Bank of America's $20B, Green Residential Traction, + Daylight-Savings Tips (WIR)

Week in Review
  1. Bank of America Announces $20 Billion Environmental Initiative – BofA announced a $20 billion initiative to support the growth of environmentally sustainable business activity to address global climate change. Bank of America’s ten-year initiative encourages development of environmentally sustainable business practices through lending, investing, philanthropy and the creation of new products and services.
  2. Residential Green Building Slow to Gain Momentum – The major homebuilders, who account for 80 percent of all homebuilding activity in the nation, face a unique challenge in implementing green building on a widespread scale. Many have added energy-saving features and experimented with environmentally friendly materials but have not yet been able to sign on a critical mass of buyers willing to pay more for them.
  3. Easy, Eco-friendly Ways to Put Those 21 Extra Hours of Evening Daylight to Good Use This Spring – Tomorrow, the entire nation will spring forward three weeks early, gaining an extra 21 hours of evening daylight. Since energy conservation is the driving force for the early time change, Lowe’s is encouraging homeowners to utilize these hours wisely with some simple, green projects that would make Mother Nature smile.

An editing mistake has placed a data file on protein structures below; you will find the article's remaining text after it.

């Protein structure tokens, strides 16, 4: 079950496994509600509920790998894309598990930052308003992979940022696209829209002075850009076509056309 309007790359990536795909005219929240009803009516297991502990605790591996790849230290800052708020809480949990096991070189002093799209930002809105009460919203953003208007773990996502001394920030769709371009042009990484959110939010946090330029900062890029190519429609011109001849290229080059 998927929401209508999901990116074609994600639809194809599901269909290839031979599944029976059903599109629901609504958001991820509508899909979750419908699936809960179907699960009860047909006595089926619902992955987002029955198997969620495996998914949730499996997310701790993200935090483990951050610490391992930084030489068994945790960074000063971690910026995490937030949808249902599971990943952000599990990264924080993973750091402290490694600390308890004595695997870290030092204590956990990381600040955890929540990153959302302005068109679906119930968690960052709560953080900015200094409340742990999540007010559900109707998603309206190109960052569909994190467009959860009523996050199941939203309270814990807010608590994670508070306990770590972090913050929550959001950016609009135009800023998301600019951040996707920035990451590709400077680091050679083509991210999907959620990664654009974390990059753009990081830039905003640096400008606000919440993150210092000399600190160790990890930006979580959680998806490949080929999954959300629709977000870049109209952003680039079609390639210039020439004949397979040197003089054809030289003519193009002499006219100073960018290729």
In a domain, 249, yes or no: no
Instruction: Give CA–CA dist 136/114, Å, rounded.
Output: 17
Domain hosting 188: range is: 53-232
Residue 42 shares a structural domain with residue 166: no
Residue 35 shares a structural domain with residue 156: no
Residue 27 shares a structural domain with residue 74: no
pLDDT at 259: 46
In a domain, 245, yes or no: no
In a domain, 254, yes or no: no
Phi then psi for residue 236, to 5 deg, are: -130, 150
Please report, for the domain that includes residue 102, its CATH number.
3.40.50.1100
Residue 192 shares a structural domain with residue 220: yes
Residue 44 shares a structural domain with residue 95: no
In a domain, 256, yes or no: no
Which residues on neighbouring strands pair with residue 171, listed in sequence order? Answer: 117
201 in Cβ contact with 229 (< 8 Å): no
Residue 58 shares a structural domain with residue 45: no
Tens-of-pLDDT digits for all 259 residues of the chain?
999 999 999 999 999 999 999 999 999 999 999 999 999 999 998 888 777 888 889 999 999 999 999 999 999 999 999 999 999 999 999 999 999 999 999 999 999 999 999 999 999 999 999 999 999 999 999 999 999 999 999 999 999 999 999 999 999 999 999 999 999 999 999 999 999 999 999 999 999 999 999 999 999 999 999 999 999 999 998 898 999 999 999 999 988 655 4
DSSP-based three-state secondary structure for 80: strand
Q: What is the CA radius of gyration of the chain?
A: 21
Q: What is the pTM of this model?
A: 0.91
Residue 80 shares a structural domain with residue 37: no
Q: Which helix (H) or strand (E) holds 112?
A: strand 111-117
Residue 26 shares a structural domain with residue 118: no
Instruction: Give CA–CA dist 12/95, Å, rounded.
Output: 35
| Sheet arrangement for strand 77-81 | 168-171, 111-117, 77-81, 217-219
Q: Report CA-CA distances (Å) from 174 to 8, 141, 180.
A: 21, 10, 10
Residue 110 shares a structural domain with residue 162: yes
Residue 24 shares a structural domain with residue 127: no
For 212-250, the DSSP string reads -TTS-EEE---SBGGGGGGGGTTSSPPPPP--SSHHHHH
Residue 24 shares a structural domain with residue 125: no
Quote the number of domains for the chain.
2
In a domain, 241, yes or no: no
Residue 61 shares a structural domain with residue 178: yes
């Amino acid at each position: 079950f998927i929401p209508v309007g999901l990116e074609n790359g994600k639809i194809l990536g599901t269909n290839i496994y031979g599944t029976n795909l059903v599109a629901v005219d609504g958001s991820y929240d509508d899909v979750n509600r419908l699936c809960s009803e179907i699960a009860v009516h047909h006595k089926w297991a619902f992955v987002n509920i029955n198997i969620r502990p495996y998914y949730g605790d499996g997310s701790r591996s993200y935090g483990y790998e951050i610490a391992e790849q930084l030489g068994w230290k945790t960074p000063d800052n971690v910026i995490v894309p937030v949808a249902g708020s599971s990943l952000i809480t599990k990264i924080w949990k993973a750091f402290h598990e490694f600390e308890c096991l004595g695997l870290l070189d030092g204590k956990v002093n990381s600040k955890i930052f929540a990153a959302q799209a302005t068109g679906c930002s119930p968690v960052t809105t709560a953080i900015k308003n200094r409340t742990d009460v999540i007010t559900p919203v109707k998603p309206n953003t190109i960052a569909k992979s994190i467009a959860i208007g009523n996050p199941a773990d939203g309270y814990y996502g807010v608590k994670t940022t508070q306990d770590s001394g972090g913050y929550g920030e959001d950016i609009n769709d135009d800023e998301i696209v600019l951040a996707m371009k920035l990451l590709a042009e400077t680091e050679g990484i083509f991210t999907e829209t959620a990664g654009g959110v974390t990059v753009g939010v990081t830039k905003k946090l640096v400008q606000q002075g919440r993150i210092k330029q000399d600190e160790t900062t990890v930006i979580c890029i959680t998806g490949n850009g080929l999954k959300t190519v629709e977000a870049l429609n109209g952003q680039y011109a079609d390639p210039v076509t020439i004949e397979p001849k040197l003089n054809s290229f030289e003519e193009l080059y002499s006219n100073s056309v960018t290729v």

Don’t forget to spring forward tonight. 


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  • http://www.jetsongreen.com Preston

    EDS NOTE: received an email from a reader on story #2 and thought the remarks ought to be available to all readers. I decided to leave out the name of the person due to the tone in the first email.

    Email #1:
    I’m tired of seeing stories like the one you are including on how slow green building is getting going. Screw the production builders!! If they don’t pull their head of of their a** and start doing it on there own the buyer will MAKE them do it, or they won’t buy what they have to sell. it’s really that simple. instead of focusing on the negative side, how about some stories about production builders that HAVE gone green and their success with it.

    EDS NOTE: if you’re a JG reader, you know that about 99% of the stories I write showcase the positives of green building, including the financial case and alternative benefits case for green building.

    Email #2:
    I’ve just started getting the JG newsletter and most of the stories as you say ARE positive. Didn’t mean to jump all over you. As a small green builder and my circle of other small green builders, we are VERY busy.

    The production builders will have to go to green or their product eventually wont sell. In Austin, TX if your home is not built green it either doesn’t sell or it takes a whole lot longer to sell.

    At green subdivision in Stockton the developer told me that the green one was outselling the non green ones 4 to 1!! peoples comments were, “it’s about time you guys did something like this”, etc.

    POSTED IN THE INTERESTS OF FULL DISCLOSURE + COMMUNITY EDIFICATION

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